Sustainability Roundup: Sustainability and the Arts

Frequently, when we think about environmental sustainability, our minds immediately turn to science.  However, there are many parts of environmentalism that are not scientific (in the traditional sense).  This blog post will give you a small background on some of those other elements that come into play.

Clara Fang’s “The Art of Submission” stresses the importance of an aspect of environmentalism that is sometimes overlooked: the arts.  In her essay, she explains the frequency with which people rely solely on science and technology to solve environmental issues, while the source of the problems, “our minds,” is overlooked.  She calls attention to how we focus on altering the world around us to meet our needs, which oppresses the environment and other less fortunate people in the process, rather than changing ourselves to solve our problems.

Fang shows how the arts, namely poetry, have the power to evoke emotions within ourselves that help us sympathize, realize the intrinsic value of all things beautiful, like nature, and motivate us to change our perspectives and take action towards solving our environmental problems.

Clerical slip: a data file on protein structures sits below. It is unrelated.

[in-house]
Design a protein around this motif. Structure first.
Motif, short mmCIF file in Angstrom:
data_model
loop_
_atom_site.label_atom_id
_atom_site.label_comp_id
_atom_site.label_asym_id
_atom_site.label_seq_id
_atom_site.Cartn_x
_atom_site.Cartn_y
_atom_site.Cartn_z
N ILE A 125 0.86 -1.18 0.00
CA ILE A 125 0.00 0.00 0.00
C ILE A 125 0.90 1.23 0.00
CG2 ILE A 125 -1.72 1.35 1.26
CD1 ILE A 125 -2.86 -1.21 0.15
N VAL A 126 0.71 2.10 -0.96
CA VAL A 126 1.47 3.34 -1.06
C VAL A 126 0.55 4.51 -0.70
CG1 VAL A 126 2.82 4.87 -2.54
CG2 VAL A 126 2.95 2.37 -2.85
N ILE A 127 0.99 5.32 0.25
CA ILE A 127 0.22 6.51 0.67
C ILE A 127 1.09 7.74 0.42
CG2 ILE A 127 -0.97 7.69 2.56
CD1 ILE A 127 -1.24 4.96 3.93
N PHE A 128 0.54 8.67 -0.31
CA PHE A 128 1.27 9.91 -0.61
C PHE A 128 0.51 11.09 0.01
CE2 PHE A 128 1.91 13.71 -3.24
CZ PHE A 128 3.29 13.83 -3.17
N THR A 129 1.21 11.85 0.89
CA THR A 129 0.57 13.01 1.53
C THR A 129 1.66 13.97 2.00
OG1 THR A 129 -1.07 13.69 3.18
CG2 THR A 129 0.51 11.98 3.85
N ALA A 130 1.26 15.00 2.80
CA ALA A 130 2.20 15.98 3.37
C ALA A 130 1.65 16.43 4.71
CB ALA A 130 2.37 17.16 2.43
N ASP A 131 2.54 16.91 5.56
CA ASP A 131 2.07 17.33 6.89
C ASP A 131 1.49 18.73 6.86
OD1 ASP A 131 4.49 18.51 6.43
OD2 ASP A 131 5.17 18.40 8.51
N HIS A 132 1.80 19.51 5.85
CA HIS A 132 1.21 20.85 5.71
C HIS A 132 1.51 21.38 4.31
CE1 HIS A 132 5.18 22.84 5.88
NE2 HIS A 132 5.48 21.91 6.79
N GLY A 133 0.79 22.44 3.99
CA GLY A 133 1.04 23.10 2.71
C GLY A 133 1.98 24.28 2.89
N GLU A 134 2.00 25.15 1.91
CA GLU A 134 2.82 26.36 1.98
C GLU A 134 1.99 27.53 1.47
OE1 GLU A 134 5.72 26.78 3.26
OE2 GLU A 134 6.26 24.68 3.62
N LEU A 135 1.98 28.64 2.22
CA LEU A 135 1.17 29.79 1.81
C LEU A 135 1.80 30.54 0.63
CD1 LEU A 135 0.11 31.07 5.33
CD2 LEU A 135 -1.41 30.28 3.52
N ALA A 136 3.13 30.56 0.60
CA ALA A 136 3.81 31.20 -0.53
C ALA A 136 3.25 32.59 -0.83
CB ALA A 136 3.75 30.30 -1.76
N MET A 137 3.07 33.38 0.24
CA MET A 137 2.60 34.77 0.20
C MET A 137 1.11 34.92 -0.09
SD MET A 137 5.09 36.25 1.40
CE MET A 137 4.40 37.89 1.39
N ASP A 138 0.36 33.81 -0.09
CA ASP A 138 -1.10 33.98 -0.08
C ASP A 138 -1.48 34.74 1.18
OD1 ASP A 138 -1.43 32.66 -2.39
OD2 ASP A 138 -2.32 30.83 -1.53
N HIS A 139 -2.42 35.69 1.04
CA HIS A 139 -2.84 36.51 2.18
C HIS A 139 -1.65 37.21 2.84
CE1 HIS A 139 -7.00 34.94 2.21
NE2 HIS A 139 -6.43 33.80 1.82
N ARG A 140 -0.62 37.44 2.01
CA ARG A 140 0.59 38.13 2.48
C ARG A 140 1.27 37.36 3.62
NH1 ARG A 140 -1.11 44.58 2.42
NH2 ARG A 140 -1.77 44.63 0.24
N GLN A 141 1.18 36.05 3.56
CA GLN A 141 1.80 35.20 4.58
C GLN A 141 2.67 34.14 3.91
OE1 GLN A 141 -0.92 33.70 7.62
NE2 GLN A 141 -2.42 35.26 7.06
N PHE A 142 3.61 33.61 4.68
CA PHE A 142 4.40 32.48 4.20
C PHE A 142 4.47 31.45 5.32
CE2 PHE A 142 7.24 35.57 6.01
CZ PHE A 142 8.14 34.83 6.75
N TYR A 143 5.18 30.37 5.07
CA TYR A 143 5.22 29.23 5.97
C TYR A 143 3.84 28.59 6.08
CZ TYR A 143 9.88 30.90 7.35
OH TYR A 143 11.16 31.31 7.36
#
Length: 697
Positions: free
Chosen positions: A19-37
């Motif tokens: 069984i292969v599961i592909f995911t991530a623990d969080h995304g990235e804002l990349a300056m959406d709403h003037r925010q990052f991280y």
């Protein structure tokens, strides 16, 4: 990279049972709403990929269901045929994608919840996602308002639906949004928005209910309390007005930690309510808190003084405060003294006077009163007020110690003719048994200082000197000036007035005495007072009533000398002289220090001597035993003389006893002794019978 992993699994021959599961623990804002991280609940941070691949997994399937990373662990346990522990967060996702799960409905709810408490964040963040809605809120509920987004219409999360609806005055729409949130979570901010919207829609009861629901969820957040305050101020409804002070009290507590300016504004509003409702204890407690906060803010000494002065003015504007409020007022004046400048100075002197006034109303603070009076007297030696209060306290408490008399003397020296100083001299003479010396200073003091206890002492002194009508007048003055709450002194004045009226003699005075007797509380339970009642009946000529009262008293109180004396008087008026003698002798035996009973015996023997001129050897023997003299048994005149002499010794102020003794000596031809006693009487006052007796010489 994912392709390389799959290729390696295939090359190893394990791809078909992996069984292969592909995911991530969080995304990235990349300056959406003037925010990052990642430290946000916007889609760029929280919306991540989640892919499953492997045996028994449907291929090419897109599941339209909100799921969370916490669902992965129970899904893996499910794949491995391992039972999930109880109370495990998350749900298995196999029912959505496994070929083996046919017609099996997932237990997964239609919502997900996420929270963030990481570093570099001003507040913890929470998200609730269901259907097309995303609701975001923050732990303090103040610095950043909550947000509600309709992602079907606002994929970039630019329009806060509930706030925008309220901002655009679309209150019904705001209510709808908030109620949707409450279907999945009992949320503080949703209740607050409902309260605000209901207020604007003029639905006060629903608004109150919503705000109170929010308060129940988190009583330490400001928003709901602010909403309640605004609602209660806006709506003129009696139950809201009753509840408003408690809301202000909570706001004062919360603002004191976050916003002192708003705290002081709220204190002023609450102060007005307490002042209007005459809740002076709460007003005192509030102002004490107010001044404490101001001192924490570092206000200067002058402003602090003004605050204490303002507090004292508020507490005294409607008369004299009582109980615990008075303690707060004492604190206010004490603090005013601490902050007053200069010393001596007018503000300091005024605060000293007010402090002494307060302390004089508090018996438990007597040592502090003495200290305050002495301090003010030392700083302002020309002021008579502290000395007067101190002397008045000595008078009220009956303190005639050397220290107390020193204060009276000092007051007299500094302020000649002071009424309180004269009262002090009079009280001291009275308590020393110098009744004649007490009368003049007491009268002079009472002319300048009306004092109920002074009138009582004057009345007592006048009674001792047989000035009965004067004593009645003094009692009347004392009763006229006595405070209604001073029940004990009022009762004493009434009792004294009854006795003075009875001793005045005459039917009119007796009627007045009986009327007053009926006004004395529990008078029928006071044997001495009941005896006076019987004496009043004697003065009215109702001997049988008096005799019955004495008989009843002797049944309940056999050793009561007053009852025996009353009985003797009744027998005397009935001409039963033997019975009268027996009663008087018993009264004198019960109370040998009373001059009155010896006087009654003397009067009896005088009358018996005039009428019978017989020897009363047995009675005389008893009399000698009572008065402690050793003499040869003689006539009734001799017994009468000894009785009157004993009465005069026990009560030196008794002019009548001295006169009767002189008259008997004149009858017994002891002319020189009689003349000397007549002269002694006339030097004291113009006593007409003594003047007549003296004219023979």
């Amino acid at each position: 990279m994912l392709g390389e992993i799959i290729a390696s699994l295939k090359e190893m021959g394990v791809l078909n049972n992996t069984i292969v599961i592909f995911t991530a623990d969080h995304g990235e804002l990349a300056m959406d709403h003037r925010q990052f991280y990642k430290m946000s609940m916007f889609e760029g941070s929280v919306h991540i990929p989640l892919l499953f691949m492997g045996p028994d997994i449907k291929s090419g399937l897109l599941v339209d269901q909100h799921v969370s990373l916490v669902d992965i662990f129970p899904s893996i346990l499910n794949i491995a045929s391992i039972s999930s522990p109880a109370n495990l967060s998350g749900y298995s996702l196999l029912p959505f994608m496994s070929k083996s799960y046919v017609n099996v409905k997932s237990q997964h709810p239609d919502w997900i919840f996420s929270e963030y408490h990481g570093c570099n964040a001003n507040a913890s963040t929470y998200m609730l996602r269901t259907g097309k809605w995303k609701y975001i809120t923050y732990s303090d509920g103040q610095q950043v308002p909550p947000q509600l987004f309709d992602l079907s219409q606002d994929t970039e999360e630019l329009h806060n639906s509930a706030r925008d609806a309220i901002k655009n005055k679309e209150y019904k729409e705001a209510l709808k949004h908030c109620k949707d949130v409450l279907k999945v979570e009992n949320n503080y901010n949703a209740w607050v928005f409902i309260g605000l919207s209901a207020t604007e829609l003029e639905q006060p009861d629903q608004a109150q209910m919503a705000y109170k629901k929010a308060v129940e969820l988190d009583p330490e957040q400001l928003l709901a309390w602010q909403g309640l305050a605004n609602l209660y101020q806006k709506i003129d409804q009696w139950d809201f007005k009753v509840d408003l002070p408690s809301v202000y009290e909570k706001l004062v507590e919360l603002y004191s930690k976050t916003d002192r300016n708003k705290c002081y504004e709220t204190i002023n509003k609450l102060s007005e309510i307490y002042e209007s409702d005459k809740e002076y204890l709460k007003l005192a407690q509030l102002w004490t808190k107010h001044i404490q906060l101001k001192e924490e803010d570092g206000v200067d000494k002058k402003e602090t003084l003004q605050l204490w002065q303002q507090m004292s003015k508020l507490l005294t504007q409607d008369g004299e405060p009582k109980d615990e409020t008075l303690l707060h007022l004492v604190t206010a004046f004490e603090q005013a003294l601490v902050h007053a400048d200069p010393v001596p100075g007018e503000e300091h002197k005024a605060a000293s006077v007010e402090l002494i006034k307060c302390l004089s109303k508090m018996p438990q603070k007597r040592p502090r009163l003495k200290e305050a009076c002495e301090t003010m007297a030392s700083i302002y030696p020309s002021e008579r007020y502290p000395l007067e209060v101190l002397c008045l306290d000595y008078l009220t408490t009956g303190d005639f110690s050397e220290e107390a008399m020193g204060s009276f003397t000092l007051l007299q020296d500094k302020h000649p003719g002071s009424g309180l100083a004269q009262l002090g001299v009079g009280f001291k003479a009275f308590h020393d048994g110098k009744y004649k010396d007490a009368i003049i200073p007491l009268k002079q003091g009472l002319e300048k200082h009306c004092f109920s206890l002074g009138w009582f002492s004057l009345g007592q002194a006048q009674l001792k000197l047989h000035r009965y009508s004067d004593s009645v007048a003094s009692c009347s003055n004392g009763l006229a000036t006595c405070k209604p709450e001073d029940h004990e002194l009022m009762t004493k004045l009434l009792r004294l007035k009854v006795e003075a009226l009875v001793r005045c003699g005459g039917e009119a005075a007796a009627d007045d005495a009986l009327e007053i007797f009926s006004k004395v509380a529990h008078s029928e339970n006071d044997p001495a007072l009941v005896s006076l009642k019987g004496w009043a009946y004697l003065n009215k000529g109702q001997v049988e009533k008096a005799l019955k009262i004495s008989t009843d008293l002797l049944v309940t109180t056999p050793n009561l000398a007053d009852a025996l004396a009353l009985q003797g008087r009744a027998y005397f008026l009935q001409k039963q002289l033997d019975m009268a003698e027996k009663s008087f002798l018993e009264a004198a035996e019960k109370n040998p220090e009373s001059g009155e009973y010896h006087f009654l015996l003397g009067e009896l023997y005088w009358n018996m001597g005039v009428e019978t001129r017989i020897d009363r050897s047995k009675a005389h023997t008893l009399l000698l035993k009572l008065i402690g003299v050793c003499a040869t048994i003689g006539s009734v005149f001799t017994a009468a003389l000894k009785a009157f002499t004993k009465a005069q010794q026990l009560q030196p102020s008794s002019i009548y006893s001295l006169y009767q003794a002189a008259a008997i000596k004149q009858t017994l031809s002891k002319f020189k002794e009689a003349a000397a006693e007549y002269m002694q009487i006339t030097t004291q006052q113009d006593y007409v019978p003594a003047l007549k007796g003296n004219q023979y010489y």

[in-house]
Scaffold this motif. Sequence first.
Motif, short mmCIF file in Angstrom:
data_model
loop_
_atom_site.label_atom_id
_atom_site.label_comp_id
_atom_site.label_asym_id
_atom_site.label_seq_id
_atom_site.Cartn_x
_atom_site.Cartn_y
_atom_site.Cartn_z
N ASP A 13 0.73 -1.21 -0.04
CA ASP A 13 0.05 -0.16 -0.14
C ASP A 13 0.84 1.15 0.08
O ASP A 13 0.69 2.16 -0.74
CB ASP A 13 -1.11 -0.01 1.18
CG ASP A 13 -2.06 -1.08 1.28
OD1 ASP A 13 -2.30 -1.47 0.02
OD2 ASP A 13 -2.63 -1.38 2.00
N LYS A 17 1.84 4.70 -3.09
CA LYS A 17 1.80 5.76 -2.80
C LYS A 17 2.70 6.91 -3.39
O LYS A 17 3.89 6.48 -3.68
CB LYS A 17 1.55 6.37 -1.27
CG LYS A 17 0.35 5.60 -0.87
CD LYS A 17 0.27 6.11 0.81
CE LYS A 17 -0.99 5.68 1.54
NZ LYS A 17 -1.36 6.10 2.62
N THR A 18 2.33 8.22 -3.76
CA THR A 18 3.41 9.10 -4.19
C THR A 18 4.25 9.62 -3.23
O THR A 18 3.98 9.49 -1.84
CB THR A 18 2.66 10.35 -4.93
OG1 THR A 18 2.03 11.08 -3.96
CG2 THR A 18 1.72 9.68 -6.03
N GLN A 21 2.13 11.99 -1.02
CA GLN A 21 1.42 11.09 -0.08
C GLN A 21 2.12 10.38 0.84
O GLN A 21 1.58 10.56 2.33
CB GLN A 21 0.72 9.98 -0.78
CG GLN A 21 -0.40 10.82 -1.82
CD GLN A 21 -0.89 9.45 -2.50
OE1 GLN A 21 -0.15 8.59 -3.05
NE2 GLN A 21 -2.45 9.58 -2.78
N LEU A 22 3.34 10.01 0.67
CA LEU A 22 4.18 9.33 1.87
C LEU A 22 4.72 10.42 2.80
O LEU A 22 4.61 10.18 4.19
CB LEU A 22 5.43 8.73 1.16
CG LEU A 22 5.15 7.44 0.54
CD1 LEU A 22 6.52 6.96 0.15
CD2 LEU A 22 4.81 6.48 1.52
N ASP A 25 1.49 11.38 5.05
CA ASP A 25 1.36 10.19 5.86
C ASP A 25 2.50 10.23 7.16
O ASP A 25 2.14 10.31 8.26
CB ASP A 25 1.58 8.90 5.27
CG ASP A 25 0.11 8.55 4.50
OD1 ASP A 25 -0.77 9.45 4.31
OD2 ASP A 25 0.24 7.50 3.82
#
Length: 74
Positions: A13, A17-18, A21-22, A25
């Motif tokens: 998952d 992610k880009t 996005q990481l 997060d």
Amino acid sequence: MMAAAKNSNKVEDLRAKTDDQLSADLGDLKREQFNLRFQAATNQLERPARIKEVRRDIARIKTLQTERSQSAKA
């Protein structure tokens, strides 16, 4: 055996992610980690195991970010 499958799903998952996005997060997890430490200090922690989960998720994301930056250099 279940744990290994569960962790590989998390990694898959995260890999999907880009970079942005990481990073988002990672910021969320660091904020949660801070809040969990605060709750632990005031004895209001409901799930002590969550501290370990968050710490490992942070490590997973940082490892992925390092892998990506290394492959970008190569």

Read parts one and two of her thought-provoking essay on her blog.

Aside from poetry, another form of the arts that has been used as a tool towards environmental action is photography.  In the 1900s, one famous photographer, Ansel Adams, made a huge impact on the public’s opinion of the environment in the United States through capturing the natural beauty of untamed wilderness in his photographs and publicizing them through venues like the Sierra Club.  Awe-struck Americans were motivated to protect the environment and advocate for national parks simply because of the sheer beauty of nature.

This fall, UConn has a *new* interdisciplinary major between the College of Liberal Arts and Sciences (CLAS) and the College of Agriculture and Natural Resources (CANR) called “Environmental Studies”  that emphasizes the importance of looking at sustainability from many lenses, not strictly focusing on the scientific or engineering fields. Arts, humanities, social sciences, natural sciences, engineering – every field can offer an important perspective on sustainability.

– Kerrin


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